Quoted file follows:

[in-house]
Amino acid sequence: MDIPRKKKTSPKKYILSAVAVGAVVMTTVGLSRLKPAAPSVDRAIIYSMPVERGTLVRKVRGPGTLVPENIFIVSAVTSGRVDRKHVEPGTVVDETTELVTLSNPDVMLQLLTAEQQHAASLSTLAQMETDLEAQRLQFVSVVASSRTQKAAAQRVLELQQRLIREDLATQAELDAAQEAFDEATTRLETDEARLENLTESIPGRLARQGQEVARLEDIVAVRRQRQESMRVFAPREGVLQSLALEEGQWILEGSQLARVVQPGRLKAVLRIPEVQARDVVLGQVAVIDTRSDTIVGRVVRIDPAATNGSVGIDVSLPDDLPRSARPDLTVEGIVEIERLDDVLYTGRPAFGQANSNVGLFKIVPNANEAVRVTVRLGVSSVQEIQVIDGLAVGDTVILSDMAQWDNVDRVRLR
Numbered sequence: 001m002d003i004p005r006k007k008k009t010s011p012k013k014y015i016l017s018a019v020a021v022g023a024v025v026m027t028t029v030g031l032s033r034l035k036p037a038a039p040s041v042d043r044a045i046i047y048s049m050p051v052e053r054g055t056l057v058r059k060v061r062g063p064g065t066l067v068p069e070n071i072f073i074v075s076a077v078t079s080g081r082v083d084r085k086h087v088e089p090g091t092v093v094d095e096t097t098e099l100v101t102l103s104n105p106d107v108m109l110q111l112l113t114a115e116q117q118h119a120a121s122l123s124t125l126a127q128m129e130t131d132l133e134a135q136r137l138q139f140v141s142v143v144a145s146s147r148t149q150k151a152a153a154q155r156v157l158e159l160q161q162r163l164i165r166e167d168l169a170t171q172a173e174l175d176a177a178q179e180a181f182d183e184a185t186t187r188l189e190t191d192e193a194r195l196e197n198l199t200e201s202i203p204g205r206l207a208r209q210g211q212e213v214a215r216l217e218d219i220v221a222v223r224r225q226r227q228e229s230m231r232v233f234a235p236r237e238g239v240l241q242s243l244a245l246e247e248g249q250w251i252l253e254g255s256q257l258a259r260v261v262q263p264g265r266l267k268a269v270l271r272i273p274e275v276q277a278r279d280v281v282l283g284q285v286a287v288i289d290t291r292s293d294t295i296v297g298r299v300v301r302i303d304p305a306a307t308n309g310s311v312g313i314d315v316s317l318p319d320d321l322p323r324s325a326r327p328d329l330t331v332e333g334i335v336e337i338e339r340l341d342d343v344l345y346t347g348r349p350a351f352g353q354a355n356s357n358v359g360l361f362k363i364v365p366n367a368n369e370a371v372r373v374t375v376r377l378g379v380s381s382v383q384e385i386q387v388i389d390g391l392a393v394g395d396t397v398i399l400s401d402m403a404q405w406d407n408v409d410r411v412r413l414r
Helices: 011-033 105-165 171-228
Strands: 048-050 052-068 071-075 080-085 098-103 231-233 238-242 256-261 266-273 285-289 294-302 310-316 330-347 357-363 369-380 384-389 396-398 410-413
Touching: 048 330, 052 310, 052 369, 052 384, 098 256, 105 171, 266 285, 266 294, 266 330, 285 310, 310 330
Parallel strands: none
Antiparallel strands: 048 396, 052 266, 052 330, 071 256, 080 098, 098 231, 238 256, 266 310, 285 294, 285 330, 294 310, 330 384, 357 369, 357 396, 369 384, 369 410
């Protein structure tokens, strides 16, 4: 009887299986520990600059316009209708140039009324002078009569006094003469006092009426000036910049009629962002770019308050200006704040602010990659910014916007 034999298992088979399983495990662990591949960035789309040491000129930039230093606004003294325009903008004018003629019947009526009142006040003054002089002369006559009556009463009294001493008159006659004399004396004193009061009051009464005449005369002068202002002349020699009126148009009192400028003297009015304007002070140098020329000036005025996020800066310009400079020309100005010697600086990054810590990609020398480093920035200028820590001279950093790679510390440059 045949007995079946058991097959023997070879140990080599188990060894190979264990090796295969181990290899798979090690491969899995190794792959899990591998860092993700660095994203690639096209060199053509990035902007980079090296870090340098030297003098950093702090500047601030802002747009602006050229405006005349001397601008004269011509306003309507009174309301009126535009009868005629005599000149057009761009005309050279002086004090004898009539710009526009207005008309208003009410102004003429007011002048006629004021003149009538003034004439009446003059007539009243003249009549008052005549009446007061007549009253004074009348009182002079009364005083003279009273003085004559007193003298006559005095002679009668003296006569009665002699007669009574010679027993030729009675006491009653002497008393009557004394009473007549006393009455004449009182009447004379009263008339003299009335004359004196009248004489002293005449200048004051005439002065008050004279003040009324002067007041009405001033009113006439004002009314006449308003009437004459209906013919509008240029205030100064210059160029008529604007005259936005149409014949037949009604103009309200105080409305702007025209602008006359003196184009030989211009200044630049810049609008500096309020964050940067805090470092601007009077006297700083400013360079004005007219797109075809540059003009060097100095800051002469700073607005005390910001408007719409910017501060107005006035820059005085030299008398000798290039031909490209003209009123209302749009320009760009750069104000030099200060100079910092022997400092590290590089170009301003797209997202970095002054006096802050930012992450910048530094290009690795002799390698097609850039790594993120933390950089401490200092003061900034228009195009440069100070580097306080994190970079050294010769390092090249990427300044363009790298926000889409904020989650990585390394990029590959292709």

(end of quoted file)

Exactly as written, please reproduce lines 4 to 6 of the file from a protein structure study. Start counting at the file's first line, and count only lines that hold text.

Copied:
Helices: 011-033 105-165 171-228
Strands: 048-050 052-068 071-075 080-085 098-103 231-233 238-242 256-261 266-273 285-289 294-302 310-316 330-347 357-363 369-380 384-389 396-398 410-413
Touching: 048 330, 052 310, 052 369, 052 384, 098 256, 105 171, 266 285, 266 294, 266 330, 285 310, 310 330